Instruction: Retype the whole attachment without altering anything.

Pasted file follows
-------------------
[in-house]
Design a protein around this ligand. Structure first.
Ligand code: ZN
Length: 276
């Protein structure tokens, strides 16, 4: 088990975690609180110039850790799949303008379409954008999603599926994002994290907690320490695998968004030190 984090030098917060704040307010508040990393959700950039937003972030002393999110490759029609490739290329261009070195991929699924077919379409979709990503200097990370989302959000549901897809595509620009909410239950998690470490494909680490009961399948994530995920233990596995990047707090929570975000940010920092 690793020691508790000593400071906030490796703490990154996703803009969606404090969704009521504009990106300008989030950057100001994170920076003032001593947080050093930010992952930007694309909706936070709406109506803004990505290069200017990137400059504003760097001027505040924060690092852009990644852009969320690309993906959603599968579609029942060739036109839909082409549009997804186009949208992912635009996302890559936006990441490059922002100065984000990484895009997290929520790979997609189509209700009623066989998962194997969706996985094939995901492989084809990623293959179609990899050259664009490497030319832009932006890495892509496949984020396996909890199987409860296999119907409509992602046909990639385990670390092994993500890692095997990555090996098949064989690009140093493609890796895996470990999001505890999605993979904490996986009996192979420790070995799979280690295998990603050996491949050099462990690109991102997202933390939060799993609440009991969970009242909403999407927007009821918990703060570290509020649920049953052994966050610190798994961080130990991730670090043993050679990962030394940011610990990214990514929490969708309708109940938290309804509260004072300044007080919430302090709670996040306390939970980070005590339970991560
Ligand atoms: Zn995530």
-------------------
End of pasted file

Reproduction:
[in-house]
Design a protein around this ligand. Structure first.
Ligand code: ZN
Length: 276
């Protein structure tokens, strides 16, 4: 088990975690609180110039850790799949303008379409954008999603599926994002994290907690320490695998968004030190 984090030098917060704040307010508040990393959700950039937003972030002393999110490759029609490739290329261009070195991929699924077919379409979709990503200097990370989302959000549901897809595509620009909410239950998690470490494909680490009961399948994530995920233990596995990047707090929570975000940010920092 690793020691508790000593400071906030490796703490990154996703803009969606404090969704009521504009990106300008989030950057100001994170920076003032001593947080050093930010992952930007694309909706936070709406109506803004990505290069200017990137400059504003760097001027505040924060690092852009990644852009969320690309993906959603599968579609029942060739036109839909082409549009997804186009949208992912635009996302890559936006990441490059922002100065984000990484895009997290929520790979997609189509209700009623066989998962194997969706996985094939995901492989084809990623293959179609990899050259664009490497030319832009932006890495892509496949984020396996909890199987409860296999119907409509992602046909990639385990670390092994993500890692095997990555090996098949064989690009140093493609890796895996470990999001505890999605993979904490996986009996192979420790070995799979280690295998990603050996491949050099462990690109991102997202933390939060799993609440009991969970009242909403999407927007009821918990703060570290509020649920049953052994966050610190798994961080130990991730670090043993050679990962030394940011610990990214990514929490969708309708109940938290309804509260004072300044007080919430302090709670996040306390939970980070005590339970991560
Ligand atoms: Zn995530």